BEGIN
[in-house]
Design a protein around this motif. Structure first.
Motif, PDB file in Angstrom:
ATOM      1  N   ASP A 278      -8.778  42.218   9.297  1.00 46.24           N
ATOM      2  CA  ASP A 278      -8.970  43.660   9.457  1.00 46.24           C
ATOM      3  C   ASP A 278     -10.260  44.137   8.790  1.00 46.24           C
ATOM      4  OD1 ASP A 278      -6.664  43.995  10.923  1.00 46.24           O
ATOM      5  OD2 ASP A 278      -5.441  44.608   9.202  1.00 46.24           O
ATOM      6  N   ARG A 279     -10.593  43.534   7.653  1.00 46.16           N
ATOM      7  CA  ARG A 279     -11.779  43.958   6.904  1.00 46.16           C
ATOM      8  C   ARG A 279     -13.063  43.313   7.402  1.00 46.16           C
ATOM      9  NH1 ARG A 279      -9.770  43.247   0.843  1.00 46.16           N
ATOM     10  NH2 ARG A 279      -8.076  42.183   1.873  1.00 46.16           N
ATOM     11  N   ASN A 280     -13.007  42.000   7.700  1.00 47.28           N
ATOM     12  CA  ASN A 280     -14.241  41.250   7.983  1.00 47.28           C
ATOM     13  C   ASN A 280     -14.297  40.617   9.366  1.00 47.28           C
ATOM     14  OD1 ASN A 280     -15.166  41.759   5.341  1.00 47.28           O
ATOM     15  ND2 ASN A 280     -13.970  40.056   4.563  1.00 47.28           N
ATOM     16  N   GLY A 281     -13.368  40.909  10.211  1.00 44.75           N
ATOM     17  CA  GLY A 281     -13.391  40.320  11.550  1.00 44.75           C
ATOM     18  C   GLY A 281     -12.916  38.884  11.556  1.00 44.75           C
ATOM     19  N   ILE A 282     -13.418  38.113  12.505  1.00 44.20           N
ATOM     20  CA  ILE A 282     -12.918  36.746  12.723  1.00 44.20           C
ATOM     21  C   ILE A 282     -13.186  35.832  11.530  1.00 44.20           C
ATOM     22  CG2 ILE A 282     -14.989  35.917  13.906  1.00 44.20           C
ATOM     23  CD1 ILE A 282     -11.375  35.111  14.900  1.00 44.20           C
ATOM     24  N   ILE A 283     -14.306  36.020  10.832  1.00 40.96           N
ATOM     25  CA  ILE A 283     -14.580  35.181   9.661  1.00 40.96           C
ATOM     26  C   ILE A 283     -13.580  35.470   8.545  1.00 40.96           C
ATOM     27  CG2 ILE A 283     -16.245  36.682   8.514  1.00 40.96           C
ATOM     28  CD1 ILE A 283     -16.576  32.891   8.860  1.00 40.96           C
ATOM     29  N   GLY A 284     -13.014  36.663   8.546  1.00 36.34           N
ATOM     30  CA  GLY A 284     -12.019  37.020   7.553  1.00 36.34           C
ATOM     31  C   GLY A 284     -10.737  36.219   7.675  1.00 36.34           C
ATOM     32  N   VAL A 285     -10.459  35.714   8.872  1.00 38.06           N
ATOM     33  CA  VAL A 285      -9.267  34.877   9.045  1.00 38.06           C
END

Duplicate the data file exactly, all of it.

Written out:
[in-house]
Design a protein around this motif. Structure first.
Motif, PDB file in Angstrom:
ATOM      1  N   ASP A 278      -8.778  42.218   9.297  1.00 46.24           N
ATOM      2  CA  ASP A 278      -8.970  43.660   9.457  1.00 46.24           C
ATOM      3  C   ASP A 278     -10.260  44.137   8.790  1.00 46.24           C
ATOM      4  OD1 ASP A 278      -6.664  43.995  10.923  1.00 46.24           O
ATOM      5  OD2 ASP A 278      -5.441  44.608   9.202  1.00 46.24           O
ATOM      6  N   ARG A 279     -10.593  43.534   7.653  1.00 46.16           N
ATOM      7  CA  ARG A 279     -11.779  43.958   6.904  1.00 46.16           C
ATOM      8  C   ARG A 279     -13.063  43.313   7.402  1.00 46.16           C
ATOM      9  NH1 ARG A 279      -9.770  43.247   0.843  1.00 46.16           N
ATOM     10  NH2 ARG A 279      -8.076  42.183   1.873  1.00 46.16           N
ATOM     11  N   ASN A 280     -13.007  42.000   7.700  1.00 47.28           N
ATOM     12  CA  ASN A 280     -14.241  41.250   7.983  1.00 47.28           C
ATOM     13  C   ASN A 280     -14.297  40.617   9.366  1.00 47.28           C
ATOM     14  OD1 ASN A 280     -15.166  41.759   5.341  1.00 47.28           O
ATOM     15  ND2 ASN A 280     -13.970  40.056   4.563  1.00 47.28           N
ATOM     16  N   GLY A 281     -13.368  40.909  10.211  1.00 44.75           N
ATOM     17  CA  GLY A 281     -13.391  40.320  11.550  1.00 44.75           C
ATOM     18  C   GLY A 281     -12.916  38.884  11.556  1.00 44.75           C
ATOM     19  N   ILE A 282     -13.418  38.113  12.505  1.00 44.20           N
ATOM     20  CA  ILE A 282     -12.918  36.746  12.723  1.00 44.20           C
ATOM     21  C   ILE A 282     -13.186  35.832  11.530  1.00 44.20           C
ATOM     22  CG2 ILE A 282     -14.989  35.917  13.906  1.00 44.20           C
ATOM     23  CD1 ILE A 282     -11.375  35.111  14.900  1.00 44.20           C
ATOM     24  N   ILE A 283     -14.306  36.020  10.832  1.00 40.96           N
ATOM     25  CA  ILE A 283     -14.580  35.181   9.661  1.00 40.96           C
ATOM     26  C   ILE A 283     -13.580  35.470   8.545  1.00 40.96           C
ATOM     27  CG2 ILE A 283     -16.245  36.682   8.514  1.00 40.96           C
ATOM     28  CD1 ILE A 283     -16.576  32.891   8.860  1.00 40.96           C
ATOM     29  N   GLY A 284     -13.014  36.663   8.546  1.00 36.34           N
ATOM     30  CA  GLY A 284     -12.019  37.020   7.553  1.00 36.34           C
ATOM     31  C   GLY A 284     -10.737  36.219   7.675  1.00 36.34           C
ATOM     32  N   VAL A 285     -10.459  35.714   8.872  1.00 38.06           N
ATOM     33  CA  VAL A 285      -9.267  34.877   9.045  1.00 38.06           C